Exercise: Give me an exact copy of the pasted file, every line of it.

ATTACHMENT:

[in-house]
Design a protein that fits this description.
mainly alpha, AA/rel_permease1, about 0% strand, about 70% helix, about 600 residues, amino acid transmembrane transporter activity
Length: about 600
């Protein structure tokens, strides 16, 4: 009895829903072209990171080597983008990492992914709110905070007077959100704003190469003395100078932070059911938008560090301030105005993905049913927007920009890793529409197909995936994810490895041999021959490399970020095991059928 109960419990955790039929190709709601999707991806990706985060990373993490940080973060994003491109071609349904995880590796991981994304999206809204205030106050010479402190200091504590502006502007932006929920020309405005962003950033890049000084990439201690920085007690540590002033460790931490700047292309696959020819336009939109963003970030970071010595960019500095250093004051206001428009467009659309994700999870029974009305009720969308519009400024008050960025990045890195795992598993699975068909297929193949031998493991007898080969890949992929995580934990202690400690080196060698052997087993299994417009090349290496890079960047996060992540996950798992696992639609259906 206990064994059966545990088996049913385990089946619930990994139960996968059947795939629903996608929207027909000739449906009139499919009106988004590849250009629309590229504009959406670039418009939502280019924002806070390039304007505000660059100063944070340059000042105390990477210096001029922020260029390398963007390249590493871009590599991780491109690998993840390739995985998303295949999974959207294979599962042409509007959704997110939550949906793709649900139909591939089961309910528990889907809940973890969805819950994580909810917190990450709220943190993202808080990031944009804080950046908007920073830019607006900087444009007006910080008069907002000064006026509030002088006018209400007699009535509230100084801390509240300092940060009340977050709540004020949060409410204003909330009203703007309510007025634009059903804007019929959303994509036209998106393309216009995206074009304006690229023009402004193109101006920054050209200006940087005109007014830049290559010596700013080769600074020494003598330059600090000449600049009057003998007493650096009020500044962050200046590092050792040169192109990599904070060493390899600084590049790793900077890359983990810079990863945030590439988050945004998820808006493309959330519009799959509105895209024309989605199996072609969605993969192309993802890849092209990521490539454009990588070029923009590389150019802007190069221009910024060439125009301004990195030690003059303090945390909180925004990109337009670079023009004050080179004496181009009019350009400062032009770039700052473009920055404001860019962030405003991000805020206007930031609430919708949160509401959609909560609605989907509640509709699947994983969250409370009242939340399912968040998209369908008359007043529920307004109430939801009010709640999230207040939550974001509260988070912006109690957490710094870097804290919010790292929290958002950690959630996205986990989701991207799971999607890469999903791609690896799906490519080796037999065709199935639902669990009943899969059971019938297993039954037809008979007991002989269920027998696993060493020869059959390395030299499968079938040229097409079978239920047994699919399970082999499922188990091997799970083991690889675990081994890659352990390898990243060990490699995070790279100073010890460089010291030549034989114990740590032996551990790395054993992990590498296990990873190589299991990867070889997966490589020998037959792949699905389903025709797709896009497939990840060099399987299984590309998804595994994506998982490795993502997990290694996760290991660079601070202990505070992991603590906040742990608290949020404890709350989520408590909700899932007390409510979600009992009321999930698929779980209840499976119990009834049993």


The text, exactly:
[in-house]
Design a protein that fits this description.
mainly alpha, AA/rel_permease1, about 0% strand, about 70% helix, about 600 residues, amino acid transmembrane transporter activity
Length: about 600
């Protein structure tokens, strides 16, 4: 009895829903072209990171080597983008990492992914709110905070007077959100704003190469003395100078932070059911938008560090301030105005993905049913927007920009890793529409197909995936994810490895041999021959490399970020095991059928 109960419990955790039929190709709601999707991806990706985060990373993490940080973060994003491109071609349904995880590796991981994304999206809204205030106050010479402190200091504590502006502007932006929920020309405005962003950033890049000084990439201690920085007690540590002033460790931490700047292309696959020819336009939109963003970030970071010595960019500095250093004051206001428009467009659309994700999870029974009305009720969308519009400024008050960025990045890195795992598993699975068909297929193949031998493991007898080969890949992929995580934990202690400690080196060698052997087993299994417009090349290496890079960047996060992540996950798992696992639609259906 206990064994059966545990088996049913385990089946619930990994139960996968059947795939629903996608929207027909000739449906009139499919009106988004590849250009629309590229504009959406670039418009939502280019924002806070390039304007505000660059100063944070340059000042105390990477210096001029922020260029390398963007390249590493871009590599991780491109690998993840390739995985998303295949999974959207294979599962042409509007959704997110939550949906793709649900139909591939089961309910528990889907809940973890969805819950994580909810917190990450709220943190993202808080990031944009804080950046908007920073830019607006900087444009007006910080008069907002000064006026509030002088006018209400007699009535509230100084801390509240300092940060009340977050709540004020949060409410204003909330009203703007309510007025634009059903804007019929959303994509036209998106393309216009995206074009304006690229023009402004193109101006920054050209200006940087005109007014830049290559010596700013080769600074020494003598330059600090000449600049009057003998007493650096009020500044962050200046590092050792040169192109990599904070060493390899600084590049790793900077890359983990810079990863945030590439988050945004998820808006493309959330519009799959509105895209024309989605199996072609969605993969192309993802890849092209990521490539454009990588070029923009590389150019802007190069221009910024060439125009301004990195030690003059303090945390909180925004990109337009670079023009004050080179004496181009009019350009400062032009770039700052473009920055404001860019962030405003991000805020206007930031609430919708949160509401959609909560609605989907509640509709699947994983969250409370009242939340399912968040998209369908008359007043529920307004109430939801009010709640999230207040939550974001509260988070912006109690957490710094870097804290919010790292929290958002950690959630996205986990989701991207799971999607890469999903791609690896799906490519080796037999065709199935639902669990009943899969059971019938297993039954037809008979007991002989269920027998696993060493020869059959390395030299499968079938040229097409079978239920047994699919399970082999499922188990091997799970083991690889675990081994890659352990390898990243060990490699995070790279100073010890460089010291030549034989114990740590032996551990790395054993992990590498296990990873190589299991990867070889997966490589020998037959792949699905389903025709797709896009497939990840060099399987299984590309998804595994994506998982490795993502997990290694996760290991660079601070202990505070992991603590906040742990608290949020404890709350989520408590909700899932007390409510979600009992009321999930698929779980209840499976119990009834049993």